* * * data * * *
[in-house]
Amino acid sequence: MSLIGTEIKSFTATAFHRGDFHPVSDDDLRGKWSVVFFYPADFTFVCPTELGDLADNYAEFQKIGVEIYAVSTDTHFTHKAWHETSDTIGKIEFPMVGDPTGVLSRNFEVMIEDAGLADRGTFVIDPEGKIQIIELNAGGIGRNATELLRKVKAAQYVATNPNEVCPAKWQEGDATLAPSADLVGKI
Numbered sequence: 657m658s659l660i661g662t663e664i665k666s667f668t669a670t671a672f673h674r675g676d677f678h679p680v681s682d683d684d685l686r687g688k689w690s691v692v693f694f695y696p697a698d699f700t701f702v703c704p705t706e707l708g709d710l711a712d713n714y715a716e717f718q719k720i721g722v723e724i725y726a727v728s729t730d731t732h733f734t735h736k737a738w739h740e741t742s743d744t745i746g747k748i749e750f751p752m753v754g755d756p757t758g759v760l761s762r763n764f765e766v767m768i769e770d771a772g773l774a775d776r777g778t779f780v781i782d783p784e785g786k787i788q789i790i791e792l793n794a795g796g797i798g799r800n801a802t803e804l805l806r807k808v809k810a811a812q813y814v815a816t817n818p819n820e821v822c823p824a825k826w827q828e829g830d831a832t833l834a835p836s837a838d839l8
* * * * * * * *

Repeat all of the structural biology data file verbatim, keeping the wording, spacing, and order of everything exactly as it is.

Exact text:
[in-house]
Amino acid sequence: MSLIGTEIKSFTATAFHRGDFHPVSDDDLRGKWSVVFFYPADFTFVCPTELGDLADNYAEFQKIGVEIYAVSTDTHFTHKAWHETSDTIGKIEFPMVGDPTGVLSRNFEVMIEDAGLADRGTFVIDPEGKIQIIELNAGGIGRNATELLRKVKAAQYVATNPNEVCPAKWQEGDATLAPSADLVGKI
Numbered sequence: 657m658s659l660i661g662t663e664i665k666s667f668t669a670t671a672f673h674r675g676d677f678h679p680v681s682d683d684d685l686r687g688k689w690s691v692v693f694f695y696p697a698d699f700t701f702v703c704p705t706e707l708g709d710l711a712d713n714y715a716e717f718q719k720i721g722v723e724i725y726a727v728s729t730d731t732h733f734t735h736k737a738w739h740e741t742s743d744t745i746g747k748i749e750f751p752m753v754g755d756p757t758g759v760l761s762r763n764f765e766v767m768i769e770d771a772g773l774a775d776r777g778t779f780v781i782d783p784e785g786k787i788q789i790i791e792l793n794a795g796g797i798g799r800n801a802t803e804l805l806r807k808v809k810a811a812q813y814v815a816t817n818p819n820e821v822c823p824a825k826w827q828e829g830d831a832t833l834a835p836s837a838d839l8